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Afghanistan Travel Warning

Issued by US Department of State

Jan 09, 2006

This Travel Warning provides updated information on the security situation in Afghanistan. The security threat to all American citizens in Afghanistan remains critical. This Travel Warning supersedes the Travel Warning for Afghanistan issued June 09, 2005.

The Department of State strongly warns U.S. citizens against travel to Afghanistan. There is an ongoing threat to kidnap and assassinate U.S. citizens and Non-Governmental Organization (NGO) workers throughout the country. The ability of Afghan authorities to maintain order and ensure the security of citizens and visitors is limited. Remnants of the former Taliban regime and the terrorist al-Qaida network, and other groups hostile to the government, remain active. U.S.-led military operations continue. Travel in all areas of Afghanistan, including the capital Kabul, is unsafe due to military operations, landmines, banditry, armed rivalry among political and tribal groups, and the possibility of terrorist attacks, including attacks using vehicular or other Improvised Explosive Devices (IEDs), and kidnapping. The security environment remains volatile and unpredictable.

Attacks on international organizations, international aid workers, and foreign interests have continued throughout the year. Foreigners in Kabul and elsewhere throughout the country were targeted for violent attacks and kidnappings. In late August, a British security guard in Farah was kidnapped and executed. In November, an Indian engineer in Nimroz was kidnapped and killed. Attacks on Afghan workers affiliated with international organizations occurred throughout the country, sometimes resulting in fatalities. There have been several rocket attacks in Kabul and elsewhere in Afghanistan, including multiple attacks early on October 12 that targeted a Canadian ISAF camp (Camp Julian), an area near the Canadian Ambassador's house (close to the U.S. Embassy), and the Afghan National Department of Security headquarters, as well as an October 25 rocket-propelled grenade attack on a NGO in Faisabad.

Improvised explosive device (IED) and particularly, vehicle borne improvised explosive device (VBIED) attacks, are on the rise. Several U.S. Embassy employees were injured in an IED attack in Kabul on August 21. Dozens of Afghan National Army (ANA) soldiers were wounded or killed September 28 in a VBIED attack on an Afghan National Army convoy traveling on the Kabul-Jalalabad Road (commonly called the Jalalabad Road). On November 14, multiple bombings occurred in Kabul on this road, also killing and injuring several ISAF and Afghan individuals. Because the Embassy has also received other information over the past several months about potential threat of other attacks on Jalalabad Road, use of this road generally is restricted for Embassy employees and, if the security situation warrants, sometimes is curtailed completely.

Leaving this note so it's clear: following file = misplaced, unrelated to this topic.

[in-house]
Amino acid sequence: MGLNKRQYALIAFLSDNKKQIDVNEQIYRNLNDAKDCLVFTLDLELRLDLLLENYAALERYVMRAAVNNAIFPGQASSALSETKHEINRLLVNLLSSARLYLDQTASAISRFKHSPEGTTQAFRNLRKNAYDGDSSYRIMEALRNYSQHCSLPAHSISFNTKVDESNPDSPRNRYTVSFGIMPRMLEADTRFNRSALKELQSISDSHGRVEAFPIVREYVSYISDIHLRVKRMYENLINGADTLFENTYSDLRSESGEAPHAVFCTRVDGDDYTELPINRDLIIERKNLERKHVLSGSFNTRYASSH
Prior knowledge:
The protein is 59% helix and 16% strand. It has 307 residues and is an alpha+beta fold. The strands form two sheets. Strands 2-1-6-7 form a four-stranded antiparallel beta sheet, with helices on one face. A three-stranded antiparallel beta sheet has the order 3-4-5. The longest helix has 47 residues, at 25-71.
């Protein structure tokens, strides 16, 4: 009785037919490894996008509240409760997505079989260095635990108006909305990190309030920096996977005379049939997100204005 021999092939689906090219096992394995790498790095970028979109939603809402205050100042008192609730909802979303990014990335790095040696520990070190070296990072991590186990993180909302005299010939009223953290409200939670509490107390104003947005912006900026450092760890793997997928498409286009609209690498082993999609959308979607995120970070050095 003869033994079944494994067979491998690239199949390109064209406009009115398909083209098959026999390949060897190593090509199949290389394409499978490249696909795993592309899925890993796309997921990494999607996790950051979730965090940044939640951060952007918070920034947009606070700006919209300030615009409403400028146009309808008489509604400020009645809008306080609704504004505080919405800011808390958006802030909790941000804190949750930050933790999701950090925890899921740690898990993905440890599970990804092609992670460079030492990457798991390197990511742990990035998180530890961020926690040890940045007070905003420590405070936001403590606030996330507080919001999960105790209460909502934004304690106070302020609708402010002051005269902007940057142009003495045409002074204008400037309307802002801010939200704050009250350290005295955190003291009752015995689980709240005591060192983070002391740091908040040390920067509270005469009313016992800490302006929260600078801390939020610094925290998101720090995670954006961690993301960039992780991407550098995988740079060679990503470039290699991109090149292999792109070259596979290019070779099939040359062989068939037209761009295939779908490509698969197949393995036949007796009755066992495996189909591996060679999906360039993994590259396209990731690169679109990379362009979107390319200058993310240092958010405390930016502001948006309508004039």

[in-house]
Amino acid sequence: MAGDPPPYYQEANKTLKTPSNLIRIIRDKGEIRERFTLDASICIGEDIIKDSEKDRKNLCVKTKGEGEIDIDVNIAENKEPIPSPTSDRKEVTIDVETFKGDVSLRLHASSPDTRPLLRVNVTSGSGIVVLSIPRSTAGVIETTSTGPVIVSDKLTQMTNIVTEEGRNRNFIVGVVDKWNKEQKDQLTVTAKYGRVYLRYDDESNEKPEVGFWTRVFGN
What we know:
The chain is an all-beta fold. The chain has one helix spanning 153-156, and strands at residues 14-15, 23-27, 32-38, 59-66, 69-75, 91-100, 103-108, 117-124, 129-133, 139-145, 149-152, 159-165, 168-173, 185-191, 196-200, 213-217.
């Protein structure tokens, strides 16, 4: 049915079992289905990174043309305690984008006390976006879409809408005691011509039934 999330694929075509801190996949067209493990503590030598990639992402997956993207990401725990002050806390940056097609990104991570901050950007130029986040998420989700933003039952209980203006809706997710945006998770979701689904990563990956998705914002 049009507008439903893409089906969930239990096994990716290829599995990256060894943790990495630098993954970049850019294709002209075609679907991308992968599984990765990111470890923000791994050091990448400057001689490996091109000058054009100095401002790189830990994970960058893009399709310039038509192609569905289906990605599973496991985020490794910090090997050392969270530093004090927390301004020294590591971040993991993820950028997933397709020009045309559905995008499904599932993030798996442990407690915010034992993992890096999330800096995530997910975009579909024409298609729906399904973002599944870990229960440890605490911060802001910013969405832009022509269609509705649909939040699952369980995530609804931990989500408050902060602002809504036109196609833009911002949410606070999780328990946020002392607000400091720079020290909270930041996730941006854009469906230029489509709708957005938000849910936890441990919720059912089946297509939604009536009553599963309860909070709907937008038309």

Family members of official Americans assigned to the U.S. Embassy in Kabul are not allowed to reside in Afghanistan. In addition, unofficial travel to Afghanistan by U.S. Government employees and their family members requires prior approval by the Department of State. From time to time, the U.S. Embassy places areas frequented by foreigners off limits to its personnel depending on current security conditions. Potential target areas include key national or international government establishments, international organizations and other locations with expatriate personnel, and public areas popular with the expatriate community. Private U.S. citizens are strongly urged to heed these restrictions as well and may obtain the latest information by calling the U.S. Embassy in Kabul or consulting the embassy website below. Terrorist actions may include, but are not limited to, suicide operations, bombings, assassinations, carjackings, rocket attacks, assaults or kidnappings. Possible threats include conventional weapons such as explosive devises or non-conventional weapons, including chemical or biological agents.

The United States Embassy cannot provide visa services, and its ability to provide emergency consular services to U.S. citizens in Afghanistan is limited. Afghan authorities also can provide only limited assistance to U.S. citizens facing difficulties. U.S. citizens who choose to visit or remain in Afghanistan despite this Travel Warning are urged to pay close attention to their personal security, and avoid rallies and demonstrations. They are also encouraged to register with the U.S. Embassy through the State Department's travel registration website, https://travelregistration.state.gov, and to obtain updated information on travel and security within Afghanistan. Americans without Internet access may register directly with the U.S. Embassy. Registering makes it easier for the Embassy to contact Americans in case of emergency. The U.S. Embassy is located at Great Masood Road between Radio Afghanistan and the Ministry of Public Health (the road is also known as Bebe Mahro (Airport) Road), Kabul. The phone number is +93-70-108-001 or +93-70-108-002. The Embassy website is http://afghanistan.usembassy.gov.

Updated information on travel and security in Afghanistan may be obtained from the Department of State by calling 1-888-407-4747 toll free in the United States, or for callers outside the United States and Canada, a regular toll line at 1-202-501-4444. For further information, please consult the Consular Information Sheet for Afghanistan and the current Worlwide Caution Public Announcement which are available on the Bureau of Consular Affairs Internet website at http://travel.state.gov.

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